Then you will have an opportunity to reply to this and provide any statements, evidence, or material that supports your case.

The police will have an opportunity to respond to anything you may raise.

The matter will then proceed to a hearing.

Each party must provide a copy of the above documents to the other party.

The hearing

At the hearing, the Tribunal ‘stands in the shoes of the decision maker’ and, after hearing from both sides and considering all materials, will decide whether to:

  1. Affirm the original decision to refuse or revoke your licence,
  2. Make a new decision to grant or restore your licence, or
  3. Vary the decision relating to any conditions that may have been placed on your licence.

The Tribunal may make its decision immediately and give its reasons on the day of the hearing.

However, it is more likely to ‘reserve’ its decision; which means it will give its decision as long as 8 weeks later.

What if it is urgent for me to have my licence returned?

In some situations where your firearms licence has been revoked, it may be necessary for you to have your licence for work purposes or some other necessary reason.

If this is the case you may want to lodge an Application for Stay (3 copies) when you lodge your application for review. This application will be heard very quickly (usually within a week).

You will need to include 3 copies of any evidence or statements that support your contention that you need your licence to remain in place until the main application is resolved.

If your application for a stay is granted, your licence will be reinstated as directed.

Confidential hearings

Under section 11(5A) of the Act, a police refusal or a recission of a licence may be based on an ‘adverse security assessment’.

In these cases, the Police Commissioner will have determined that it is contrary to the public interest to issues a licence. In these instances, part of the hearing may be held confidentially.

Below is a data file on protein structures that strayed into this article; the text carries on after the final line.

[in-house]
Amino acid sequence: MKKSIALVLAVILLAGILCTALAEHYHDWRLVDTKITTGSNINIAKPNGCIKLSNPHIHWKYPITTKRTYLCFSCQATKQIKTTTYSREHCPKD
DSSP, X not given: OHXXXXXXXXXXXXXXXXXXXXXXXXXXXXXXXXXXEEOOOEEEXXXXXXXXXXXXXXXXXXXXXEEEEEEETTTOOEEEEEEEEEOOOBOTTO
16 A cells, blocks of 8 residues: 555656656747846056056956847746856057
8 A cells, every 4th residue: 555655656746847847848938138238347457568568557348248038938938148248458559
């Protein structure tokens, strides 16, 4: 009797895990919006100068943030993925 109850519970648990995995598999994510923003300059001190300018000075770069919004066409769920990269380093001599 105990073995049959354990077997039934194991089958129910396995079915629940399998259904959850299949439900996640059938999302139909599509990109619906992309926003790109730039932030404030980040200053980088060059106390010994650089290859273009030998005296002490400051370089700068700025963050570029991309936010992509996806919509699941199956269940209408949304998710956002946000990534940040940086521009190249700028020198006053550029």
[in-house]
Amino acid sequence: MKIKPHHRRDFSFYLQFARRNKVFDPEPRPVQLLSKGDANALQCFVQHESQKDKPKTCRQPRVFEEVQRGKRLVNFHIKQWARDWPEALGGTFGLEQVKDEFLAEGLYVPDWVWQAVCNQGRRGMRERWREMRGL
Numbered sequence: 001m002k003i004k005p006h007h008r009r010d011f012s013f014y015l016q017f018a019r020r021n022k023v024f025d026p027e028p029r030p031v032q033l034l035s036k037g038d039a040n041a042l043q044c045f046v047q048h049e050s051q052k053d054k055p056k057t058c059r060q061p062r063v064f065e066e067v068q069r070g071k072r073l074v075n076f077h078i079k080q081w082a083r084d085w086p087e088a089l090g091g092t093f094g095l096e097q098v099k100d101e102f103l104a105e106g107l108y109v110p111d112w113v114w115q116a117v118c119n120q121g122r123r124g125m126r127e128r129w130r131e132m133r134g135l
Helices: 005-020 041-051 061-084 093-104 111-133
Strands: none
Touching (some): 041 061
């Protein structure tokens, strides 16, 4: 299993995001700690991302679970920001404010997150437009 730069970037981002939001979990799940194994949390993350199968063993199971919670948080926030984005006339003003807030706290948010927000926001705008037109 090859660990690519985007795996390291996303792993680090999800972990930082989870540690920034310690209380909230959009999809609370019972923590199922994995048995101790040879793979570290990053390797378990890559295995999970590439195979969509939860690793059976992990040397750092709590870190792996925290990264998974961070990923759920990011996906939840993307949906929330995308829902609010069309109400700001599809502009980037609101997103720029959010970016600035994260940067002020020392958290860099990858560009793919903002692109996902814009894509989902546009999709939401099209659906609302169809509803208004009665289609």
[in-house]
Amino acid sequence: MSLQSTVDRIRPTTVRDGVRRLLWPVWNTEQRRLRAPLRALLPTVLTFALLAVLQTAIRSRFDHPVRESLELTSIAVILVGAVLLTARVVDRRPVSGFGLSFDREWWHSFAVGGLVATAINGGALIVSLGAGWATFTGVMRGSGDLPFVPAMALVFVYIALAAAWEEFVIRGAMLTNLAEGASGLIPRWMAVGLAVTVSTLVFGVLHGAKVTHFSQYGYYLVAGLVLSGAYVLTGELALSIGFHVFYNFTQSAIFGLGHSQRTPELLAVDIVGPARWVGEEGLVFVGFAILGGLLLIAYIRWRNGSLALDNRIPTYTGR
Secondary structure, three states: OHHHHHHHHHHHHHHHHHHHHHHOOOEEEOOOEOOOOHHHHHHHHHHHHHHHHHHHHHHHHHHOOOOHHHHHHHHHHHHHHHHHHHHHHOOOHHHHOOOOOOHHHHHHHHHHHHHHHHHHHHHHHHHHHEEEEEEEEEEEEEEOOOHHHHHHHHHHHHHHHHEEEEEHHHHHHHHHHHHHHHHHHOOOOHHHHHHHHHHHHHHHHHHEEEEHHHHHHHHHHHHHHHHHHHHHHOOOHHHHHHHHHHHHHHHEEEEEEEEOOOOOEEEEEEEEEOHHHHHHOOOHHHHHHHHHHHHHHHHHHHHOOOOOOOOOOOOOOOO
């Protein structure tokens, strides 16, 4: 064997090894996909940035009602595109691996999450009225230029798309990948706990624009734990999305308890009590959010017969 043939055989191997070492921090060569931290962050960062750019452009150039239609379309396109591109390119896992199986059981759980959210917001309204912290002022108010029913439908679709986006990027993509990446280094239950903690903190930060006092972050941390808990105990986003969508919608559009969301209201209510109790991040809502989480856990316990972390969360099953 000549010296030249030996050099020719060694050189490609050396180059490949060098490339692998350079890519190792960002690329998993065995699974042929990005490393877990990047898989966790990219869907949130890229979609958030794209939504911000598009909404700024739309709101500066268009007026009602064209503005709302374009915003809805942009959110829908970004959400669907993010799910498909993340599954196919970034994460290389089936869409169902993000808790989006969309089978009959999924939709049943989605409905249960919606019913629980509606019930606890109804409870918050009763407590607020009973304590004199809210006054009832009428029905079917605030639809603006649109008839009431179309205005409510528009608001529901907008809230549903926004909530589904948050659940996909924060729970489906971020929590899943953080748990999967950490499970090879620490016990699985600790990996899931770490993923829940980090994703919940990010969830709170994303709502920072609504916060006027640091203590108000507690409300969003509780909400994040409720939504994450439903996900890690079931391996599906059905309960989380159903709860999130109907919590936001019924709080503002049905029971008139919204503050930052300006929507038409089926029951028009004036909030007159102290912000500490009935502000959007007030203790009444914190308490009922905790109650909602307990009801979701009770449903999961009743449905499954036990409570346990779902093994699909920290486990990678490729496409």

This means that your rights to any reasons for the decision under Part 2 of Chapter 3 or for review under section 58 of the Administrative Decisions Review Act 1997 (NSW) are negated by section 75(4) of the Act.

Under section 75(5)(b) of the Act, the police are able to present evidence to the Tribunal in the absence of the applicant (you) or your legal representative:

(5)  In determining an application for an administrative review of any such decision, the Civil and Administrative Tribunal (and any Appeal Panel of the Tribunal in determining any internal appeal against such a review under the Civil and Administrative Tribunal Act 2013):

  • is to ensure that it does not, in the reasons for its decision or otherwise, disclose the existence or content of any criminal intelligence report or other information referred to in section 11 (5A) or 29 (3A), and
  • in order to prevent the disclosure of any such report or other information, is to receive evidence and hear argument in the absence of the public, the applicant for the administrative review and the applicant’s representative.

You have no right to know what is in the adverse assessment or be given an opportunity to respond to anything raised in the confidential session. Further, the Tribunal may not disclose either the existence of, nor the content of, any criminal intelligence in their reasons for decision.

This may seem ‘unfair’ and an abuse of the principles of natural justice, however, this is the way that the NSW Firearms Act is written and there is no recourse at law to avoid this.

There is further information about these reviews available on the NCAT website.

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Sydney Criminal Lawyers